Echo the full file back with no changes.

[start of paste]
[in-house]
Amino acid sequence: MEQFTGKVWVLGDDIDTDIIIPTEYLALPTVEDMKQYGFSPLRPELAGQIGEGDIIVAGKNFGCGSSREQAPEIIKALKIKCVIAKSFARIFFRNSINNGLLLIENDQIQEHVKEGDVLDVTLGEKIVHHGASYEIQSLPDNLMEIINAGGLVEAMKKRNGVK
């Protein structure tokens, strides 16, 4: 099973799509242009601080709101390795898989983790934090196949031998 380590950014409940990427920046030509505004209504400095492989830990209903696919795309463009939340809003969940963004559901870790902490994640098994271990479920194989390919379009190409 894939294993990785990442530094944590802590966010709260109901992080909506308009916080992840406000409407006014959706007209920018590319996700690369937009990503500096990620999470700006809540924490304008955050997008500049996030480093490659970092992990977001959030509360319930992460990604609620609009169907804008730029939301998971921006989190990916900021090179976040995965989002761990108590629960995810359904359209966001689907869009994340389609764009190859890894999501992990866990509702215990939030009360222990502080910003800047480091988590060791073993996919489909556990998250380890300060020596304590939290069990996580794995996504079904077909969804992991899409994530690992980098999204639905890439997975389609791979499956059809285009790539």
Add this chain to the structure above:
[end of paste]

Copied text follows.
[in-house]
Amino acid sequence: MEQFTGKVWVLGDDIDTDIIIPTEYLALPTVEDMKQYGFSPLRPELAGQIGEGDIIVAGKNFGCGSSREQAPEIIKALKIKCVIAKSFARIFFRNSINNGLLLIENDQIQEHVKEGDVLDVTLGEKIVHHGASYEIQSLPDNLMEIINAGGLVEAMKKRNGVK
């Protein structure tokens, strides 16, 4: 099973799509242009601080709101390795898989983790934090196949031998 380590950014409940990427920046030509505004209504400095492989830990209903696919795309463009939340809003969940963004559901870790902490994640098994271990479920194989390919379009190409 894939294993990785990442530094944590802590966010709260109901992080909506308009916080992840406000409407006014959706007209920018590319996700690369937009990503500096990620999470700006809540924490304008955050997008500049996030480093490659970092992990977001959030509360319930992460990604609620609009169907804008730029939301998971921006989190990916900021090179976040995965989002761990108590629960995810359904359209966001689907869009994340389609764009190859890894999501992990866990509702215990939030009360222990502080910003800047480091988590060791073993996919489909556990998250380890300060020596304590939290069990996580794995996504079904077909969804992991899409994530690992980098999204639905890439997975389609791979499956059809285009790539």
Add this chain to the structure above: